Taken altogether, the Megillah’s rhetoric suggests that precisely because Purim initially appears unorthodox, the text labors to root the holiday in well-trodden biblical precedent. Taking a step further, Esther’s conclusion implicitly transcends its defensive posture and goes on the offensive: Mordekhai not only draws on the precedent of Zekhariah’s Four Fasts, but embodies the ethical character that will usher in the messianic era. Properly appreciated, the Megillah suggests, not only is Purim legitimate, but it is a harbinger of the very qualities that will transform the Fasts into “occasions for joy and gladness.”
 The Talmud (Megillah 14a) teaches: “The Sages taught in a beraita: Forty-eight prophets and seven prophetesses prophesied on behalf of the Jewish people, and they neither subtracted from nor added onto what is written in the Torah, except for the reading of the Megillah. What is the exposition? R. Hiyya bar Avin in the name of R. Yehoshua ben Korha: If, from [Egyptian] slavery to freedom we recite songs, from death to life is it not all the more so?” The assumption seems to be that Purim is only legitimate if rooted in biblical precedent. Even more explicitly, the Yerushalmi (Megillah 1:5) states that were it not rooted in the preexisting obligation to destroy the nation of Amalek, the establishment of Purim would have constituted a violation of the prohibition against a prophet establishing a new holiday. Along these lines, most authorities, such as Nahmanides (Commentary to Deuteronomy 4:2) and Vilna Gaon (Aderet Eliyahu to Deut. 4:2), maintain that one who adds a holiday stands in violation of bal tosif. The position of Minhat Hinukh (to Mitzvah 454), who asserts that bal tosif only applies to one who adds to an existing mitzvah, does not reflect the predominant view.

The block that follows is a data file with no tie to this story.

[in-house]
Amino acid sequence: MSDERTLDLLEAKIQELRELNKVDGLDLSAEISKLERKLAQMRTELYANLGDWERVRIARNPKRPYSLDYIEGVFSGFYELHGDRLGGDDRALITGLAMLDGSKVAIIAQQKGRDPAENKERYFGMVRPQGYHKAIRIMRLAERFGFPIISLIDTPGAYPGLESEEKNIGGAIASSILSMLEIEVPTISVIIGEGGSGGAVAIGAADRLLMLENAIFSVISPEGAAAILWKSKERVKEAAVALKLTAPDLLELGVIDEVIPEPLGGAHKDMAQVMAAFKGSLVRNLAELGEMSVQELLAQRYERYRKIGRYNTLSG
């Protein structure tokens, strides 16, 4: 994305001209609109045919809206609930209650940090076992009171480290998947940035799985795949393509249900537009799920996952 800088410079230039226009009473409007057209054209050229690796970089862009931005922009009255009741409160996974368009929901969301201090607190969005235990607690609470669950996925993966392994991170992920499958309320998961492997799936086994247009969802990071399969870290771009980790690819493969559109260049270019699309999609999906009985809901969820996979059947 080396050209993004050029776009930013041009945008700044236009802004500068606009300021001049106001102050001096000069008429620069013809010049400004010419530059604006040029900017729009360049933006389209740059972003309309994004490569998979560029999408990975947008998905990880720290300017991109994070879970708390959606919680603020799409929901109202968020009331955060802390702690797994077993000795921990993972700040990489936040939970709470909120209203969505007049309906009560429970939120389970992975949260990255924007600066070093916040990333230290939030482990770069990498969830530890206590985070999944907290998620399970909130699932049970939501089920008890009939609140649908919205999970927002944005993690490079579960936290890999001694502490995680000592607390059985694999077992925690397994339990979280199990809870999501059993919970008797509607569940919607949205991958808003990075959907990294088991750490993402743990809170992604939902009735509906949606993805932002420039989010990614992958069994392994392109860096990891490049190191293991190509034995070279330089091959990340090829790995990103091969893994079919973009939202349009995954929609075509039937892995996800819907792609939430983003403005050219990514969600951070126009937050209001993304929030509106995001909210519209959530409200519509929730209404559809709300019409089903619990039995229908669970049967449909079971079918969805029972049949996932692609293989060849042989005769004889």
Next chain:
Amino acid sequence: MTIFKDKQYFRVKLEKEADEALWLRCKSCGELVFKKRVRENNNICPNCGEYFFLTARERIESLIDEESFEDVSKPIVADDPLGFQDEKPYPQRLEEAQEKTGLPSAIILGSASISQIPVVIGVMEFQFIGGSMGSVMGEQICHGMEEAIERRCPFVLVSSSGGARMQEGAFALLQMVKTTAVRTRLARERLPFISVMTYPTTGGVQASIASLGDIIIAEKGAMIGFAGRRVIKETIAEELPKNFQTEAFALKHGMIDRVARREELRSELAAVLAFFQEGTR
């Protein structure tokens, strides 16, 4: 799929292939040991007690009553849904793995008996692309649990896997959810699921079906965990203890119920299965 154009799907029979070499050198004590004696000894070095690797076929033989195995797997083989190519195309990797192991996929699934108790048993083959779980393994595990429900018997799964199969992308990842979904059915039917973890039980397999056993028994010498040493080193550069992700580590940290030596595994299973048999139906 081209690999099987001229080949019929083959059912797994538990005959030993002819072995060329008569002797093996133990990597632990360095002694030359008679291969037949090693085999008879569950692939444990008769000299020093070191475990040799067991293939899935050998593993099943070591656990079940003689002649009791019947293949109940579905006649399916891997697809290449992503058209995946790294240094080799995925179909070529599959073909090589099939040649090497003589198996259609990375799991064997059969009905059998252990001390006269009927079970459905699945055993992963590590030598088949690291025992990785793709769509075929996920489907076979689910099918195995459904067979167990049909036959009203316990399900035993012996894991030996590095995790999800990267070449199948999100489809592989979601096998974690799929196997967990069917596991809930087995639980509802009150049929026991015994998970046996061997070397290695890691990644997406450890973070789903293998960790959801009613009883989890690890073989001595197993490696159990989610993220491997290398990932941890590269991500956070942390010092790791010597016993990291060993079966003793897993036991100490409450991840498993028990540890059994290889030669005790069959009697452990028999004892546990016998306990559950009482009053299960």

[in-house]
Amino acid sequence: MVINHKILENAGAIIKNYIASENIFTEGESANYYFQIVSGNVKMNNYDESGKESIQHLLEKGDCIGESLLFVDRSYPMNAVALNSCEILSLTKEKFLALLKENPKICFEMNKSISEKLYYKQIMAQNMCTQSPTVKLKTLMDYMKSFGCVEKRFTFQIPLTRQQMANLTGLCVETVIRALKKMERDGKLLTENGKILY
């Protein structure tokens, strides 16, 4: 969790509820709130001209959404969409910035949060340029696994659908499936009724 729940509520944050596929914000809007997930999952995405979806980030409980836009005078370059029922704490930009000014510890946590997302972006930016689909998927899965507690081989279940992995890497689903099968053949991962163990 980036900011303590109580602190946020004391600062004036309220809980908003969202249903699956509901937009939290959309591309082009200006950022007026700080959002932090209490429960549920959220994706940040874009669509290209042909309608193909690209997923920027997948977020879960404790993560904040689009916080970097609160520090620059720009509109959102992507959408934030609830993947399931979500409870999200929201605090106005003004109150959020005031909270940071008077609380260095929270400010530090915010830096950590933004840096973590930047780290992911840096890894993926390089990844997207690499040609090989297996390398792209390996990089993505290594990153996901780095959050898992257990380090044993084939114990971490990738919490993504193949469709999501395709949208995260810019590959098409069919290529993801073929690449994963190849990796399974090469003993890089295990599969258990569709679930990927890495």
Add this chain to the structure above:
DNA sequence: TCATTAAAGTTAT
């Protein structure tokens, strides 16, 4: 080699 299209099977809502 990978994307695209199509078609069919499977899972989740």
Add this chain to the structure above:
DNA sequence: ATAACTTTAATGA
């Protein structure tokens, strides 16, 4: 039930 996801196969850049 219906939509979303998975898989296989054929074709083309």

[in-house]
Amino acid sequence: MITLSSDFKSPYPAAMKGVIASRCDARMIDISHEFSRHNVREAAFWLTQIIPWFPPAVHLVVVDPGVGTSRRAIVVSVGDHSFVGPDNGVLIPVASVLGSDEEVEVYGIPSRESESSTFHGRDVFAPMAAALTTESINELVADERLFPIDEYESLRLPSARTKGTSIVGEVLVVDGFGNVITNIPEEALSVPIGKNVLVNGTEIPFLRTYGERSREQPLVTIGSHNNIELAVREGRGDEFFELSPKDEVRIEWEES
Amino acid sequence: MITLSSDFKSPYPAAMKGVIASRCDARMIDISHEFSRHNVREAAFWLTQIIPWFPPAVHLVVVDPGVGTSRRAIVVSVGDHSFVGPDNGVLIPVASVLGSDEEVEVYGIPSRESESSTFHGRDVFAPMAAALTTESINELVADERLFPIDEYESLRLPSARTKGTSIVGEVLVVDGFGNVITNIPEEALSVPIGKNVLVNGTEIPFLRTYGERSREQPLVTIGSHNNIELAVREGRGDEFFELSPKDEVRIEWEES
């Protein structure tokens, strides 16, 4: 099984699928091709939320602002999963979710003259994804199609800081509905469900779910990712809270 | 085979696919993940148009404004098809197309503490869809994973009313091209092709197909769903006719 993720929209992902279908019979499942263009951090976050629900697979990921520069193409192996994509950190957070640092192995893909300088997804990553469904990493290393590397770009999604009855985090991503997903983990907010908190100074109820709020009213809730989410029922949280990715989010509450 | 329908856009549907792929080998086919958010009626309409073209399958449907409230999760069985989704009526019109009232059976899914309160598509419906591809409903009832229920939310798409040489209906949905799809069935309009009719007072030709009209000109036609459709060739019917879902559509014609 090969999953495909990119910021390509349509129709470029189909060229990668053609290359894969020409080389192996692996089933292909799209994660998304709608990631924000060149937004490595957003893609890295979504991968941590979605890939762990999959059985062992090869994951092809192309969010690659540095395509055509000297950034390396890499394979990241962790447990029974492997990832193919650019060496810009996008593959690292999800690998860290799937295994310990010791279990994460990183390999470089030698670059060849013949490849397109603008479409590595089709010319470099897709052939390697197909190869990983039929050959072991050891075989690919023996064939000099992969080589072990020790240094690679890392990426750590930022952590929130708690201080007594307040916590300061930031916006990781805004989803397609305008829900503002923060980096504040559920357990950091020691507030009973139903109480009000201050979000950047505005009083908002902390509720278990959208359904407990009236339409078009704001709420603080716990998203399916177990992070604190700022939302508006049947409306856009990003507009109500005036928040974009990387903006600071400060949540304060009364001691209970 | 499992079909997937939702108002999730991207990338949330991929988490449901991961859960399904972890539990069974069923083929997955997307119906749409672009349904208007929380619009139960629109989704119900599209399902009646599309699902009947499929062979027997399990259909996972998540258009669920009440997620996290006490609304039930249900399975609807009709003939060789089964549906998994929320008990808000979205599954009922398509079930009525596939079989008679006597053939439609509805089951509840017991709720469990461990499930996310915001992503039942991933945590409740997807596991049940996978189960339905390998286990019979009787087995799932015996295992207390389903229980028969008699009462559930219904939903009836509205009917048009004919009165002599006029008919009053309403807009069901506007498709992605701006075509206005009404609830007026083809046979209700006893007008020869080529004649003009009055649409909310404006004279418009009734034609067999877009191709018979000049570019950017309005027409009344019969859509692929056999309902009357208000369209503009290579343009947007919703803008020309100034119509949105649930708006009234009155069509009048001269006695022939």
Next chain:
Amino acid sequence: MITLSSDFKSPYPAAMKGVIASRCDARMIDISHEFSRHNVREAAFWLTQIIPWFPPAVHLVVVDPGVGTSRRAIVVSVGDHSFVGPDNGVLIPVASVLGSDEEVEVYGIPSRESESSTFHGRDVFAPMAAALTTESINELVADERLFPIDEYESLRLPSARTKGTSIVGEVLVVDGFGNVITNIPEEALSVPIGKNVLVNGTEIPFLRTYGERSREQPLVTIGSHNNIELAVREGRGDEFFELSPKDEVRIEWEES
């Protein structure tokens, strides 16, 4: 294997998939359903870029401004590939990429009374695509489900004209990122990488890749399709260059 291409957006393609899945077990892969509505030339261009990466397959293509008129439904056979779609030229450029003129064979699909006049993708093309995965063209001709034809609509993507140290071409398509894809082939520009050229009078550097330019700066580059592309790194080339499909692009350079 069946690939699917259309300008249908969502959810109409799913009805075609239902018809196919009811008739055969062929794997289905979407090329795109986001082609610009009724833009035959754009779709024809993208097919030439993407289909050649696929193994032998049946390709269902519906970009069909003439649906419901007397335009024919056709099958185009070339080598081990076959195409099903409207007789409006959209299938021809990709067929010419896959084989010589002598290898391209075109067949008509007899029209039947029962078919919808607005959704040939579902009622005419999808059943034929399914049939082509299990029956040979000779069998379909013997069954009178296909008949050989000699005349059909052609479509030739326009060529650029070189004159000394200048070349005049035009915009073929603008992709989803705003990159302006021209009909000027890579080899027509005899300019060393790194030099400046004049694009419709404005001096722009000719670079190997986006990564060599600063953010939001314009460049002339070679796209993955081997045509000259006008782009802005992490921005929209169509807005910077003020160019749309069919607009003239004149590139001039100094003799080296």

The second half of chapter nine lists at least three instances of the Jews having accepted Purim as a holiday: on the original occasion of the military victory, following Mordekhai’s letter, and following the letter jointly composed by Esther and Mordekhai. Possibly, there is a fourth additional reference that appears in between the Megillah’s reference to these two letters. This reiteration suggests that Purim’s establishment required continual reinforcement. Indeed, Ibn Ezra (9:29 s.v. va-Tikhtov) notes the repetition and goes so far as to suggest that the holiday was initially accepted yet subsequently dropped for a period of time. For a brief presentation of this view, see Adele Berlin, The JPS Bible Commentary: Esther (Philadelphia: Jewish Publication Society, 2001), 83.